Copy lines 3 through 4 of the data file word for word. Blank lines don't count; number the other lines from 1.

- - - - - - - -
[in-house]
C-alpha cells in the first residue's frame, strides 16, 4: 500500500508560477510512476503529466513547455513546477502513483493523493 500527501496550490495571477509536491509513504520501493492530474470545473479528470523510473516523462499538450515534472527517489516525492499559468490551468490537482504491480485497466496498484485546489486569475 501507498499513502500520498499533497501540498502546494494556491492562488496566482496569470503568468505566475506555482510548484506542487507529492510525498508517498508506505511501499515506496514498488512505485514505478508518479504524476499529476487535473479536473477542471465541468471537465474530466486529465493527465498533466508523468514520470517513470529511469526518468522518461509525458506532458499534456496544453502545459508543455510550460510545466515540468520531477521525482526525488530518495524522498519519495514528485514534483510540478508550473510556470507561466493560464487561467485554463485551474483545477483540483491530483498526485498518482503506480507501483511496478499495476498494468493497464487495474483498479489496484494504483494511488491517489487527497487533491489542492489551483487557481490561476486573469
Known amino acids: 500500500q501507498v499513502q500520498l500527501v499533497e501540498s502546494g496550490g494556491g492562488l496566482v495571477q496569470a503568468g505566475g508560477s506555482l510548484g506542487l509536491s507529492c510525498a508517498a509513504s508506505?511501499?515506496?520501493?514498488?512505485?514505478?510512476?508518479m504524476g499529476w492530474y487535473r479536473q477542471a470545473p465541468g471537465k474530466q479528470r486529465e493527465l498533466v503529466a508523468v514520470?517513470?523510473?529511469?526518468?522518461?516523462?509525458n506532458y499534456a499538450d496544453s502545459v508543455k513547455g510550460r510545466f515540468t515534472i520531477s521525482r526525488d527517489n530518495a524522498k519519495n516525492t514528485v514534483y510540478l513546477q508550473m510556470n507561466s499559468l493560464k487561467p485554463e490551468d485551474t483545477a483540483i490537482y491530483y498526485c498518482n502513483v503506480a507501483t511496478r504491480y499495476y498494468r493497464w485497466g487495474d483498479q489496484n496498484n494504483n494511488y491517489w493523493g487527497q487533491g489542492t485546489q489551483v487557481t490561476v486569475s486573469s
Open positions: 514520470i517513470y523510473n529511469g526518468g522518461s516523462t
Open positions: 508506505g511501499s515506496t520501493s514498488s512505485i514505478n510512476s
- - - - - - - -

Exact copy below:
Known amino acids: 500500500q501507498v499513502q500520498l500527501v499533497e501540498s502546494g496550490g494556491g492562488l496566482v495571477q496569470a503568468g505566475g508560477s506555482l510548484g506542487l509536491s507529492c510525498a508517498a509513504s508506505?511501499?515506496?520501493?514498488?512505485?514505478?510512476?508518479m504524476g499529476w492530474y487535473r479536473q477542471a470545473p465541468g471537465k474530466q479528470r486529465e493527465l498533466v503529466a508523468v514520470?517513470?523510473?529511469?526518468?522518461?516523462?509525458n506532458y499534456a499538450d496544453s502545459v508543455k513547455g510550460r510545466f515540468t515534472i520531477s521525482r526525488d527517489n530518495a524522498k519519495n516525492t514528485v514534483y510540478l513546477q508550473m510556470n507561466s499559468l493560464k487561467p485554463e490551468d485551474t483545477a483540483i490537482y491530483y498526485c498518482n502513483v503506480a507501483t511496478r504491480y499495476y498494468r493497464w485497466g487495474d483498479q489496484n496498484n494504483n494511488y491517489w493523493g487527497q487533491g489542492t485546489q489551483v487557481t490561476v486569475s486573469s
Open positions: 514520470i517513470y523510473n529511469g526518468g522518461s516523462t